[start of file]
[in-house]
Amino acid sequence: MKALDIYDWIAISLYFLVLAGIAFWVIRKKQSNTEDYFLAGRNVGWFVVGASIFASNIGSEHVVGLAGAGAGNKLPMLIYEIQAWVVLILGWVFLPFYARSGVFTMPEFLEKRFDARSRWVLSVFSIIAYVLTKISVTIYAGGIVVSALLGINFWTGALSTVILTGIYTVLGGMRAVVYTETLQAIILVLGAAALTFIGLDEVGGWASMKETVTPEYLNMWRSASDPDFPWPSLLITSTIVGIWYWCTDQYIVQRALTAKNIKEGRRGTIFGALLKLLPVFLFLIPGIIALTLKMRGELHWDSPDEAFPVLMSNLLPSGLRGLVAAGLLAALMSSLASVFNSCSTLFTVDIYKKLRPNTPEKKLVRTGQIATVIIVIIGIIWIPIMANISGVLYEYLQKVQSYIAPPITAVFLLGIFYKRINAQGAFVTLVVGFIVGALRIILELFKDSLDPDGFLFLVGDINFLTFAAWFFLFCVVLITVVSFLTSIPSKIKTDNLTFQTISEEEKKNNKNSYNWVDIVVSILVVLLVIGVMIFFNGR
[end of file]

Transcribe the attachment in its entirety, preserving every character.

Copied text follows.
[in-house]
Amino acid sequence: MKALDIYDWIAISLYFLVLAGIAFWVIRKKQSNTEDYFLAGRNVGWFVVGASIFASNIGSEHVVGLAGAGAGNKLPMLIYEIQAWVVLILGWVFLPFYARSGVFTMPEFLEKRFDARSRWVLSVFSIIAYVLTKISVTIYAGGIVVSALLGINFWTGALSTVILTGIYTVLGGMRAVVYTETLQAIILVLGAAALTFIGLDEVGGWASMKETVTPEYLNMWRSASDPDFPWPSLLITSTIVGIWYWCTDQYIVQRALTAKNIKEGRRGTIFGALLKLLPVFLFLIPGIIALTLKMRGELHWDSPDEAFPVLMSNLLPSGLRGLVAAGLLAALMSSLASVFNSCSTLFTVDIYKKLRPNTPEKKLVRTGQIATVIIVIIGIIWIPIMANISGVLYEYLQKVQSYIAPPITAVFLLGIFYKRINAQGAFVTLVVGFIVGALRIILELFKDSLDPDGFLFLVGDINFLTFAAWFFLFCVVLITVVSFLTSIPSKIKTDNLTFQTISEEEKKNNKNSYNWVDIVVSILVVLLVIGVMIFFNGR